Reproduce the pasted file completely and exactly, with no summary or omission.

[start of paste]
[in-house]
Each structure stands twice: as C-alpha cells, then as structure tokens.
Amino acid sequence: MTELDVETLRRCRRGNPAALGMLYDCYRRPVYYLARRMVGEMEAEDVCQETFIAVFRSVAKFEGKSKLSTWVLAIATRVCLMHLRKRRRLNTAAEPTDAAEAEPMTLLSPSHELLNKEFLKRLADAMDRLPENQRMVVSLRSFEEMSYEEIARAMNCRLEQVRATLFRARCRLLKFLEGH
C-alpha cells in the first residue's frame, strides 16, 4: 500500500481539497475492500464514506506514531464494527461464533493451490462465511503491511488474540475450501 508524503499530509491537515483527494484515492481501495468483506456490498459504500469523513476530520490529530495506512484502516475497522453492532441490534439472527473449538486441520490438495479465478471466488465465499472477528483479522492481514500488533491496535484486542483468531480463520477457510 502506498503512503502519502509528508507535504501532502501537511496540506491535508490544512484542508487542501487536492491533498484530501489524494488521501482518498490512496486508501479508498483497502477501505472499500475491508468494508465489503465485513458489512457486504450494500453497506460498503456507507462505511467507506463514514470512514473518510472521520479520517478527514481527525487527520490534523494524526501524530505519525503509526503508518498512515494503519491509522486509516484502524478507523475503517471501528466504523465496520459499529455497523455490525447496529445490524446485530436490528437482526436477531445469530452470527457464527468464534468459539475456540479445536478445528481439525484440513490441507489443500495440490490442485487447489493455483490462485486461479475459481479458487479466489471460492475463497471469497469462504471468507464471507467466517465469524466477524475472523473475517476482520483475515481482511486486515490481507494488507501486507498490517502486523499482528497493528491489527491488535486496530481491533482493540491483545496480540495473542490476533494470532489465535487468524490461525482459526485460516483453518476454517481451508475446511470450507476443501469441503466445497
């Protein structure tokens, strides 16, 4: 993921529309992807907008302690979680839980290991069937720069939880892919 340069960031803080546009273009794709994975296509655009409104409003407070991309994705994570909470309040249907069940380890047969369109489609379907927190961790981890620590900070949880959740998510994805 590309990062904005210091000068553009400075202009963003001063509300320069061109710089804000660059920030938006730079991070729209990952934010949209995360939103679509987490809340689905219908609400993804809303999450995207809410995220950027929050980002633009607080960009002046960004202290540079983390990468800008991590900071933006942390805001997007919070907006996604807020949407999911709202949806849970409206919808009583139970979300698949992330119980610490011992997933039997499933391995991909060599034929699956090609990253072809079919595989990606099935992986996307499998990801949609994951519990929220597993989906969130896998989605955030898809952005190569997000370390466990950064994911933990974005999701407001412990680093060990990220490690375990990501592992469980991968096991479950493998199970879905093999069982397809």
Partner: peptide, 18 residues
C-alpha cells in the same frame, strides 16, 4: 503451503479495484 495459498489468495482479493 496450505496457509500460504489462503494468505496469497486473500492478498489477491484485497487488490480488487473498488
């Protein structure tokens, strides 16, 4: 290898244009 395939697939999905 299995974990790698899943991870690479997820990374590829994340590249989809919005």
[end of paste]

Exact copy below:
[in-house]
Each structure stands twice: as C-alpha cells, then as structure tokens.
Amino acid sequence: MTELDVETLRRCRRGNPAALGMLYDCYRRPVYYLARRMVGEMEAEDVCQETFIAVFRSVAKFEGKSKLSTWVLAIATRVCLMHLRKRRRLNTAAEPTDAAEAEPMTLLSPSHELLNKEFLKRLADAMDRLPENQRMVVSLRSFEEMSYEEIARAMNCRLEQVRATLFRARCRLLKFLEGH
C-alpha cells in the first residue's frame, strides 16, 4: 500500500481539497475492500464514506506514531464494527461464533493451490462465511503491511488474540475450501 508524503499530509491537515483527494484515492481501495468483506456490498459504500469523513476530520490529530495506512484502516475497522453492532441490534439472527473449538486441520490438495479465478471466488465465499472477528483479522492481514500488533491496535484486542483468531480463520477457510 502506498503512503502519502509528508507535504501532502501537511496540506491535508490544512484542508487542501487536492491533498484530501489524494488521501482518498490512496486508501479508498483497502477501505472499500475491508468494508465489503465485513458489512457486504450494500453497506460498503456507507462505511467507506463514514470512514473518510472521520479520517478527514481527525487527520490534523494524526501524530505519525503509526503508518498512515494503519491509522486509516484502524478507523475503517471501528466504523465496520459499529455497523455490525447496529445490524446485530436490528437482526436477531445469530452470527457464527468464534468459539475456540479445536478445528481439525484440513490441507489443500495440490490442485487447489493455483490462485486461479475459481479458487479466489471460492475463497471469497469462504471468507464471507467466517465469524466477524475472523473475517476482520483475515481482511486486515490481507494488507501486507498490517502486523499482528497493528491489527491488535486496530481491533482493540491483545496480540495473542490476533494470532489465535487468524490461525482459526485460516483453518476454517481451508475446511470450507476443501469441503466445497
């Protein structure tokens, strides 16, 4: 993921529309992807907008302690979680839980290991069937720069939880892919 340069960031803080546009273009794709994975296509655009409104409003407070991309994705994570909470309040249907069940380890047969369109489609379907927190961790981890620590900070949880959740998510994805 590309990062904005210091000068553009400075202009963003001063509300320069061109710089804000660059920030938006730079991070729209990952934010949209995360939103679509987490809340689905219908609400993804809303999450995207809410995220950027929050980002633009607080960009002046960004202290540079983390990468800008991590900071933006942390805001997007919070907006996604807020949407999911709202949806849970409206919808009583139970979300698949992330119980610490011992997933039997499933391995991909060599034929699956090609990253072809079919595989990606099935992986996307499998990801949609994951519990929220597993989906969130896998989605955030898809952005190569997000370390466990950064994911933990974005999701407001412990680093060990990220490690375990990501592992469980991968096991479950493998199970879905093999069982397809």
Partner: peptide, 18 residues
C-alpha cells in the same frame, strides 16, 4: 503451503479495484 495459498489468495482479493 496450505496457509500460504489462503494468505496469497486473500492478498489477491484485497487488490480488487473498488
């Protein structure tokens, strides 16, 4: 290898244009 395939697939999905 299995974990790698899943991870690479997820990374590829994340590249989809919005």